Exactly 55 years ago, in 1961 one of the greatest BiH writers Ivo Andrić won the Novel Prize for the novel “The Bridge on the Drina”.
He was the first man from the former Yugoslavia to receive the Nobel Prize for literature, and the rewarded novel speaks about the construction of the bridge in Višegrad as a symbol of human creative force and indestructibility before the forces of time that wears out people, events, uprisings, political systems, ambitions and civilizations.
Official award ceremony was held in Stockhold, in the hall of the Concert Palace of the Swedish academy. This greatest world recognition was presented to Andrić by Dr. Anders Esterlling, member of the Academy.
At the ceremony, Andrić said the following:
“My homeland is truly a small country between world, as one of our writers said, and that is the country which at fast rate, at the expense of major sacrifices and extraordinary efforts, tends to compensate for what the unusually tumultuous and difficult past deprived it of in all areas, including cultures. With your recognition, you shed light on the literature of that country and thus attracted the attention of the world to its cultural efforts, precisely at the time when our literature started penetrating into the world with a series of new names and original works, in the justified endeavor to give its contribution to the world literature. Your recognition of one of the writers of that country is an encouragement for those endeavors. Therefore, it obliges us to gratitude, and I am happy that at this time from this place, not only in my name but also in the name of the literature I belong to, I can simply and honestly express that gratitude.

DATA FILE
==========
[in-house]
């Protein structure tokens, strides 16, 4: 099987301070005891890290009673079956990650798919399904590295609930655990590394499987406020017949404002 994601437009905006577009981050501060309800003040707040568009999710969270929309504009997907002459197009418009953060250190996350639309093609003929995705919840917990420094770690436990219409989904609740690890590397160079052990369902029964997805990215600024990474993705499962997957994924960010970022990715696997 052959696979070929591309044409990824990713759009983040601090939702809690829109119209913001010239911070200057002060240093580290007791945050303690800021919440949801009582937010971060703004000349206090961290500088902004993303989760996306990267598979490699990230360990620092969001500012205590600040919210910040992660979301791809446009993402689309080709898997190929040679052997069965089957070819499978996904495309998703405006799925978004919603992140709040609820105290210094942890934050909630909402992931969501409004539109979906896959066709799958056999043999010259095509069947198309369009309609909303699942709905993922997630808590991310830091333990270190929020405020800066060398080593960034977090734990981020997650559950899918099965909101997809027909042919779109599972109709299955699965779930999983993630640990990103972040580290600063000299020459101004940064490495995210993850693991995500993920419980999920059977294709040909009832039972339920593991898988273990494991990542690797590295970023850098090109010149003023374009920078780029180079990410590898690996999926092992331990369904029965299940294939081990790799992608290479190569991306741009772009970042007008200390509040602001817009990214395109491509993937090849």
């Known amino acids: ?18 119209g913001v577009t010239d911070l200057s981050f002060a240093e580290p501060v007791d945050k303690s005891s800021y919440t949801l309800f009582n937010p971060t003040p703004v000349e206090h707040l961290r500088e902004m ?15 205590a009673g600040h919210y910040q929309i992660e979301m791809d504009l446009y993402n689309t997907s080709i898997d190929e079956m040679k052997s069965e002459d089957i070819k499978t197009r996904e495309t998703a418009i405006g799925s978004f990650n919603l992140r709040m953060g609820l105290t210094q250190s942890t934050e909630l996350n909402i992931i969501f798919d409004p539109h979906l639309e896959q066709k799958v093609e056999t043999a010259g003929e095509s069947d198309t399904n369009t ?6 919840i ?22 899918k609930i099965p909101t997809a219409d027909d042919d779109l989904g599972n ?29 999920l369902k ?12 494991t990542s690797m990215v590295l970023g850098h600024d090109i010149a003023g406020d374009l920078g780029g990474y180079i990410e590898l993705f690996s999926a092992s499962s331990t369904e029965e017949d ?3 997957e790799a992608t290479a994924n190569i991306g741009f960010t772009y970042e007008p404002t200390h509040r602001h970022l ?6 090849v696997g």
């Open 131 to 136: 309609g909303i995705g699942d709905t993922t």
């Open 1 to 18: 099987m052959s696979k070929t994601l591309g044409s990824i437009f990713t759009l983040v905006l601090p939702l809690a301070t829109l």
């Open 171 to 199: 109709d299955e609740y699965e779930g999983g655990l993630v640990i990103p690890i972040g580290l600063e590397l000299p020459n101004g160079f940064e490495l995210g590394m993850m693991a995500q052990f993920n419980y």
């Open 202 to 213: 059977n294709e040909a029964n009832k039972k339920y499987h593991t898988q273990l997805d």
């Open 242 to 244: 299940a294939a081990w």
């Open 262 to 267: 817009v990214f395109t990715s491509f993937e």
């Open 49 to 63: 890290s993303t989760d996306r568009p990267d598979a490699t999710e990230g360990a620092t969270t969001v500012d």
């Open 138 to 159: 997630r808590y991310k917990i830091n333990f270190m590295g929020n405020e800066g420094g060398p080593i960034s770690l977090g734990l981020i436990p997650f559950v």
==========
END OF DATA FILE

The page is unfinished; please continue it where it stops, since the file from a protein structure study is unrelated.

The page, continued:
It is not important whether one writer describes the present or the past, or if they boldly run into the future, what is important is the spirit which inspires his story, the fundamental message which conveys his work to the people. There is no rule about that nor there can ever be. Everyone tells their story according to their internal need, in accordance with their inherited or acquired interests and understandings and the power of their expressive possibilities; everyone has moral responsibility for what they speak, and everyone should be allowed speaking freely. However, it is allowed to wish that the story, which is told by the present narrator to people of their time, regardless of its form and topic, is not poisoned with hatred and deafened with thunder of the murderous weapon, but driven by love and led by the width and brightness of the free human spirit”.
Andrić decided to donate his award for the improvement of BiH librarianship.
In the letter which he sent on May 17, 1962 to the Federation of Culture of Bosnia and Herzegovina, Andrić wrote:
“I want to notify the Federation of Culture of the People’s Republic of Bosnia and Herzegovina that I decided to donate fifty percent of the amount received in the name of the Nobel Prize to the People’s Republic of Bosnia and Herzegovina. I wish these funds would be used for the improvement of libraries at the territory of Bosnia and Herzegovina”.
Several years later, Andrić donated the rest of the money for the improvement of librarianship in Bosnia and Herzegovina as well.